"Our goal is two states, Israel and Palestine, living side by side, in peace and security." So spoke President Bush at a Middle East summit on June 4. Then, despite the jump in violence over the next 10 days, leaving 63 dead, he reiterated on Sunday his

"Our goal is two states, Israel and Palestine, living side by side, in peace and security." So spoke President Bush at a Middle East summit on June 4. Then, despite the jump in violence over the next 10 days, leaving 63 dead, he reiterated on Sunday his belief in "a peaceful Palestinian state, living side by side with the Israelis," though now adding "we've got a lot of work to do."

Bush's goal may appear to be just another diplomatic twist in the half-century search for an Arab-Israeli resolution. But it is much more. Indeed, it could well be the most surprising and daring step of his presidency. Here's why:

It is surprising, first, because he largely stayed away from this issue during his first two years as president. To be sure, he met with Middle East leaders, made speeches and rapped some knuckles - but his general approach was to stand aloof and let Palestinians and Israelis sort out their mess on their own. Then, in recent weeks, Arab-Israeli diplomacy moved very quickly from the periphery to the center, becoming as high a priority as it had ever been under prior administrations, perhaps even higher.

Second, the president in late 2001 surprised observers by adopting the idea that the creation of a Palestinian state would solve the Arab-Israeli conflict, a policy no U.S. government has proposed since 1947, before the State of Israel had come into existence.

Third, this policy did not emerge from the usual process of consensus-building of White House aides brainstorming, State Department proposals, think tank studies and congressional initiatives. Rather, it reflects the president's personal vision.

Fourth, aiming to create a Palestinian state is surprising because it turns the domestic calculus upside-down. The "right and the left have both switched their opinion of Bush," observes Jonathan Tobin in the Philadelphia Exponent. Exactly so: Conservatives who were applauding the president's demand for Palestinian democracy now fret about the impact of a Palestinian state on Israel's security. Conversely, liberals not usually counted among his supporters now enthusiastically endorse the goal of a Palestinian state.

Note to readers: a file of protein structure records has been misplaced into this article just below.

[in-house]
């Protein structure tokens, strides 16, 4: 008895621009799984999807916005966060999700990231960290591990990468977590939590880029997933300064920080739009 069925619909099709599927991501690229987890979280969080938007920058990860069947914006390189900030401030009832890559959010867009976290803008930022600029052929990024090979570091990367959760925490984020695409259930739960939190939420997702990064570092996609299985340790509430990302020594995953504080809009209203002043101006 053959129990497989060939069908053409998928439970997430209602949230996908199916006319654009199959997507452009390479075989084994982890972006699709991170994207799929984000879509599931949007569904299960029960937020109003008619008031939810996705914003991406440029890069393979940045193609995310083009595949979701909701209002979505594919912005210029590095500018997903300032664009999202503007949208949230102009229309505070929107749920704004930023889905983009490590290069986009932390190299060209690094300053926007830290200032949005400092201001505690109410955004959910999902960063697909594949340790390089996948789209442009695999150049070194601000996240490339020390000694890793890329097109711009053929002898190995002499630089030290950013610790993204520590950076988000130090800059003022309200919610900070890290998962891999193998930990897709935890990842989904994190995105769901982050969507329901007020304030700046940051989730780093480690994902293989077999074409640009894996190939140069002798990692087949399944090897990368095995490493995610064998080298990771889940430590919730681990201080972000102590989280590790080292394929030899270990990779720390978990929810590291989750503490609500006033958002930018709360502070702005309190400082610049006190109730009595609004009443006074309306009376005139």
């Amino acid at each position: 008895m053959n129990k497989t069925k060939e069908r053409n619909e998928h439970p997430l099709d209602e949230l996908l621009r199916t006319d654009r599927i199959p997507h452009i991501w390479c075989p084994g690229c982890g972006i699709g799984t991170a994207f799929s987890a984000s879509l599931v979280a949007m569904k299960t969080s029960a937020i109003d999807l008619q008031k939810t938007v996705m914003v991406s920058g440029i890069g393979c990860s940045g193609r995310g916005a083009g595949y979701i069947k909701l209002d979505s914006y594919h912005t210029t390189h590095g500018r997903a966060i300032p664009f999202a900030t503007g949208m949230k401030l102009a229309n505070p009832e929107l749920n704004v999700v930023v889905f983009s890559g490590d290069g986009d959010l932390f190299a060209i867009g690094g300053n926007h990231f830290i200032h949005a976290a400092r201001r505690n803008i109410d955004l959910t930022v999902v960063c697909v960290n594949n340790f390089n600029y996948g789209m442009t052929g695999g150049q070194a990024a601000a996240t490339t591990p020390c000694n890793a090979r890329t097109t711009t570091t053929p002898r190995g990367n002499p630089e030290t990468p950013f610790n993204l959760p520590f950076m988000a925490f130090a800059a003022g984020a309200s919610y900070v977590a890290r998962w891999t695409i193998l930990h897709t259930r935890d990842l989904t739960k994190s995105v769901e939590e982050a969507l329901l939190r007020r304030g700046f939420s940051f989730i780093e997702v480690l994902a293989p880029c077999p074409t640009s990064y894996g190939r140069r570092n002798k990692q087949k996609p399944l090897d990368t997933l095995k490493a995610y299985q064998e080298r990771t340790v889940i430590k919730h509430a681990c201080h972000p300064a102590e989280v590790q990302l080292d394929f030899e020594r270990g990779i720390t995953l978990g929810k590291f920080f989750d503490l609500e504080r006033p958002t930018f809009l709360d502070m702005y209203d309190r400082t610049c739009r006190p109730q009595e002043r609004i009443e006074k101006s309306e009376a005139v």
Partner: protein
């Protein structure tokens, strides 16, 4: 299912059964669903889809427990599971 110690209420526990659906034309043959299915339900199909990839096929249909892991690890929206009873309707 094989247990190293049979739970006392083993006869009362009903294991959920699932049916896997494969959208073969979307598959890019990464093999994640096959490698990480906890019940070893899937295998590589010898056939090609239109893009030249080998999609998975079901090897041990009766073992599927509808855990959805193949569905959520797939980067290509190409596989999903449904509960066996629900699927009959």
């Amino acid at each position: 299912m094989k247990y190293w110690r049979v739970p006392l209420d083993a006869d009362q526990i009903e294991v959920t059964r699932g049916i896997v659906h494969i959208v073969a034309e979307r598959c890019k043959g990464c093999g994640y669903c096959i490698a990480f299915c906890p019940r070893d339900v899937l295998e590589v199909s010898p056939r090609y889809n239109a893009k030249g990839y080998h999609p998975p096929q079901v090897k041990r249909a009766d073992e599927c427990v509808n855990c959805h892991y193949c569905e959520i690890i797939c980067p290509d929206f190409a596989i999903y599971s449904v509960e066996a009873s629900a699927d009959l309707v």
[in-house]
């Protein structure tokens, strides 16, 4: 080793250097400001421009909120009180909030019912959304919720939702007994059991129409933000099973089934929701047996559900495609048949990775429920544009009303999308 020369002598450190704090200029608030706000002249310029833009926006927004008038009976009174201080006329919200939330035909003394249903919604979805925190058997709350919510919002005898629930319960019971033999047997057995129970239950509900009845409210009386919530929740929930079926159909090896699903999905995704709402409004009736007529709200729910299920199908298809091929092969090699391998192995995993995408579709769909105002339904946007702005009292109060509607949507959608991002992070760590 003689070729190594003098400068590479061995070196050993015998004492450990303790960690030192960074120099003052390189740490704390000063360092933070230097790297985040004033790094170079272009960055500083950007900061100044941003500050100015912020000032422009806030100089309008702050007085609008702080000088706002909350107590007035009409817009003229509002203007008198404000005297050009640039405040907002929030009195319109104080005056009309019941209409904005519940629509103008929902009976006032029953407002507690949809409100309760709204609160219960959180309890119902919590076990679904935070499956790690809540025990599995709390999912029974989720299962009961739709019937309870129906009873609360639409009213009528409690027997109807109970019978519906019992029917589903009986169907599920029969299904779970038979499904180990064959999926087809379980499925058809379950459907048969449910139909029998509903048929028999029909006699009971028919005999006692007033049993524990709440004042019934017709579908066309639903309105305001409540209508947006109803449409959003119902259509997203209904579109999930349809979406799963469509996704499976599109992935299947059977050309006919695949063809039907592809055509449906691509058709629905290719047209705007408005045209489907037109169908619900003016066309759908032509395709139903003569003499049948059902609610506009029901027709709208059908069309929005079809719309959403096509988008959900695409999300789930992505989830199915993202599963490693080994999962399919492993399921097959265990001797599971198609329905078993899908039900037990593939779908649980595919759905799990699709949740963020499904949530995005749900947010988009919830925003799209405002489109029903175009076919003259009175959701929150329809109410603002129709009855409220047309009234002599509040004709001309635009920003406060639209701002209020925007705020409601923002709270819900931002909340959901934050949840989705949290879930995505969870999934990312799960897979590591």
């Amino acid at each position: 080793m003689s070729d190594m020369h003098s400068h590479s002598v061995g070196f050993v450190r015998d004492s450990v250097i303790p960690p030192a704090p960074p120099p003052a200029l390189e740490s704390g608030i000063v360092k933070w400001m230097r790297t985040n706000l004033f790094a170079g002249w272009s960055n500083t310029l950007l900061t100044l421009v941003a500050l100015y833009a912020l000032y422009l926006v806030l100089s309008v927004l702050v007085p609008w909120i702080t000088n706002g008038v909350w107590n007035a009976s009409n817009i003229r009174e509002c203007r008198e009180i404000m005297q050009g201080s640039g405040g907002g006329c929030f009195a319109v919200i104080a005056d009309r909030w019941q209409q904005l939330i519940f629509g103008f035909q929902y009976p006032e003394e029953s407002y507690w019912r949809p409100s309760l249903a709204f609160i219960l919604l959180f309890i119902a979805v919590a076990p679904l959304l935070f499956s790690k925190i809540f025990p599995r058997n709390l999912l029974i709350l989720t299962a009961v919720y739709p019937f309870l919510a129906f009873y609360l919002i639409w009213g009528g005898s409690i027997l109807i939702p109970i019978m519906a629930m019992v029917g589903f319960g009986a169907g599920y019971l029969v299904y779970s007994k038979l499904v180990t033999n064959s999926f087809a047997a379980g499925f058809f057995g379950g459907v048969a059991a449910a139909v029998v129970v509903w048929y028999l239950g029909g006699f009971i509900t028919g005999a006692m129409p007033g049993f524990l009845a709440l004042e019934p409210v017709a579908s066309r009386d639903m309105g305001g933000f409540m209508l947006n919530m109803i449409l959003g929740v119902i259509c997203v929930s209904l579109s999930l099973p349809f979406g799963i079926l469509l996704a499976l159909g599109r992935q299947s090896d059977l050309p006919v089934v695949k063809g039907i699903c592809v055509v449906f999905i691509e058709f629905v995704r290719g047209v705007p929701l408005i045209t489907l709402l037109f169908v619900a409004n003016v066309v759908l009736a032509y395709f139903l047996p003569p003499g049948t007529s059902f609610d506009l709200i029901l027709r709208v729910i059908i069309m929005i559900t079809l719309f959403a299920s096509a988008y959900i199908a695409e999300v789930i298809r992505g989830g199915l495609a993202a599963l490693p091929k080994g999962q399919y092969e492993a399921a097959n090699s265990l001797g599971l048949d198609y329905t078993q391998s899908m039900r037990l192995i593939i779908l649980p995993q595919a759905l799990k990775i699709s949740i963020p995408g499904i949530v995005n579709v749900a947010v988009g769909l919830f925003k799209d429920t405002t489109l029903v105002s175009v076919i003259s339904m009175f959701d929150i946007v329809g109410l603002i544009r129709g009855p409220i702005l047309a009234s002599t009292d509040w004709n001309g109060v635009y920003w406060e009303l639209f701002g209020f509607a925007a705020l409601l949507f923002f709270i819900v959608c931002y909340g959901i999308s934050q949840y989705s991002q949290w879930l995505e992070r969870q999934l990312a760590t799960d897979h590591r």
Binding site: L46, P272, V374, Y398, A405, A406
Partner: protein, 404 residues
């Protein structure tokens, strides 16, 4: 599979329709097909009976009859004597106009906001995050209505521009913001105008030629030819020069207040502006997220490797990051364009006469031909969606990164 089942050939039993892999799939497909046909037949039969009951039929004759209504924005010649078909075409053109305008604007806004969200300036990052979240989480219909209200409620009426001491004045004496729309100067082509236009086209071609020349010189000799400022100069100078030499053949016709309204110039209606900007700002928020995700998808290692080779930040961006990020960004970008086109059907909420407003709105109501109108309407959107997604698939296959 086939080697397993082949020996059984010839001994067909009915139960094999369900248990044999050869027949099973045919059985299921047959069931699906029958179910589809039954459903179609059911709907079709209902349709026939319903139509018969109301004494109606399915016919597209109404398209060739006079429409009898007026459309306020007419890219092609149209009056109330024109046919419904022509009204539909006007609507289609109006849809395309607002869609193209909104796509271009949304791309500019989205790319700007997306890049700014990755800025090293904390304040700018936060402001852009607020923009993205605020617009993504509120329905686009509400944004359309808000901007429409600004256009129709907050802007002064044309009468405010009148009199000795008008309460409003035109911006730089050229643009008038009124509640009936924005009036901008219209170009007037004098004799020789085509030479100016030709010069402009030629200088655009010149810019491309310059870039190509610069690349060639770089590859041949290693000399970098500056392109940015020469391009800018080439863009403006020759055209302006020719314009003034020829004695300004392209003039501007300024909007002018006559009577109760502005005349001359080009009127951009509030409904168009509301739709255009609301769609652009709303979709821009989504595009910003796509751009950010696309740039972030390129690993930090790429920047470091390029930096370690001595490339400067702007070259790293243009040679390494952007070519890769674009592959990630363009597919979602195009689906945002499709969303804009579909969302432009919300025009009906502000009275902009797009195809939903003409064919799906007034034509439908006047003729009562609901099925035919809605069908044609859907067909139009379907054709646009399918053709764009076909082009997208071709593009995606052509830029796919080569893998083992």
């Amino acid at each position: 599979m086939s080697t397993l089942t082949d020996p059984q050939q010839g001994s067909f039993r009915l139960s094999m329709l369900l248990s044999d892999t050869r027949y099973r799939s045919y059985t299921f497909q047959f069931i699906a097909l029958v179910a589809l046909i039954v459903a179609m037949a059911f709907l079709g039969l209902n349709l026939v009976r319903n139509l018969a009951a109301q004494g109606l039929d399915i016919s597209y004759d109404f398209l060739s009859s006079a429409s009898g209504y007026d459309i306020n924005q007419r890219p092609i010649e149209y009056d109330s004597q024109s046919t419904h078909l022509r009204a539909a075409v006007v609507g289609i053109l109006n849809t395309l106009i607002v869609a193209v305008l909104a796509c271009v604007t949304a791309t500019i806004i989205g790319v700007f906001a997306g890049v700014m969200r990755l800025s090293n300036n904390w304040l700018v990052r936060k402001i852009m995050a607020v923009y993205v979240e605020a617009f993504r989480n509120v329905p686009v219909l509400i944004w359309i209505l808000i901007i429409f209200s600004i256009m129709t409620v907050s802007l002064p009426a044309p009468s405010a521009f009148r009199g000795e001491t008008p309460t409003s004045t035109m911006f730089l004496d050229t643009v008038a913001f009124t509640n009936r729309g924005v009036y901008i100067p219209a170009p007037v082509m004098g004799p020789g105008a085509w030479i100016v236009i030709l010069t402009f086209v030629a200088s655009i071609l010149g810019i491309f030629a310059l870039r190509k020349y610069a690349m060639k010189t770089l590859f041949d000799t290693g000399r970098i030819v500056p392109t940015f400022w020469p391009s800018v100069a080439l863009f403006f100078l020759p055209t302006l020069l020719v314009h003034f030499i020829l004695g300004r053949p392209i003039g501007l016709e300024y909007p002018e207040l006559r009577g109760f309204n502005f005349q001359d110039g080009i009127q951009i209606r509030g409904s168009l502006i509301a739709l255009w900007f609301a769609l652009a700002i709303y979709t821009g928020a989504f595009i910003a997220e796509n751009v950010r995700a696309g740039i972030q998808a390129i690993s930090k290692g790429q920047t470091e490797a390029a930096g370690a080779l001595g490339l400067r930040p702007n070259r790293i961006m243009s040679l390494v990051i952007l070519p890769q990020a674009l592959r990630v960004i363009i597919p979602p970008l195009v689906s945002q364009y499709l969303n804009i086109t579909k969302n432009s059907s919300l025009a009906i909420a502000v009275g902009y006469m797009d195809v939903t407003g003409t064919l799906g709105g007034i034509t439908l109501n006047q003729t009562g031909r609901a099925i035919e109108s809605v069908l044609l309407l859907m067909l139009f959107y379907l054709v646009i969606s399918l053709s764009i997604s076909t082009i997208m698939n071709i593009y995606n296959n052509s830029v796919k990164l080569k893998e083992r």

Finally, Bush threw out the rulebook for American mediators in Arab-Israeli diplomacy.

Rules of thumb he is ignoring include:

  • Don't pre-judge the final status. Presidents usually content themselves with vague intentions, leaving it to the combatants to decide on the specifics; "the time has come to put an end to the Arab-Israeli conflict," for example, was how vaguely George H. W. Bush expressed his plans in 1991.
  • Don't try to impose a settlement. Not since the failed Vance-Gromyko discussions in 1977 has the U.S. government proposed an internationalized format for resolving the Arab-Israeli dispute. More typical was James Baker's famously irritated statement in 1990; he gave out the White House phone number and told the Israelis, "When you're serious about peace, call us."
  • Don't tie yourself to a timetable. Negotiators have shied away from calendar-specific goals, noting how often dates slip by with goals unfulfilled.
  • Don't choose leaders. Until now, American presidents have accepted Arab dictators as a given; the Bush administration (having already deposed the tyrants in Afghanistan and Iraq) undertook to sideline Yasser Arafat and replace him with his deputy Mahmoud Abbas (Abu Mazen).
  • Don't involve the president until the endgame. Lower-ranking officials typically test the waters and clear the path before the president himself joins the fray. For the president personally to involve himself from the get-go, as is now the case, amounts to high-wire diplomacy without a net.

In all, President Bush has made "a radical break" from past U.S. policies, says the Washington Institute's Robert Satloff, an authority on American diplomacy.

Just as the Arab-Israeli theater has provided some of the peak and trough moments of recent presidencies, it could well leave its marks on this one.

Jimmy Carter's single finest moment was the Camp David agreement between Egypt and Israel in 1978. Ronald Reagan's worst moment was withdrawing American troops from Lebanon in 1984. Bill Clinton enjoyed the triumph of the Oslo accord signing in 1993 and suffered signal failure with the collapse of the Camp David talks in 2000.

The fate of "Israel and Palestine, living side by side, in peace and security," in short, can be expected profoundly to influence the course of George W. Bush's presidency.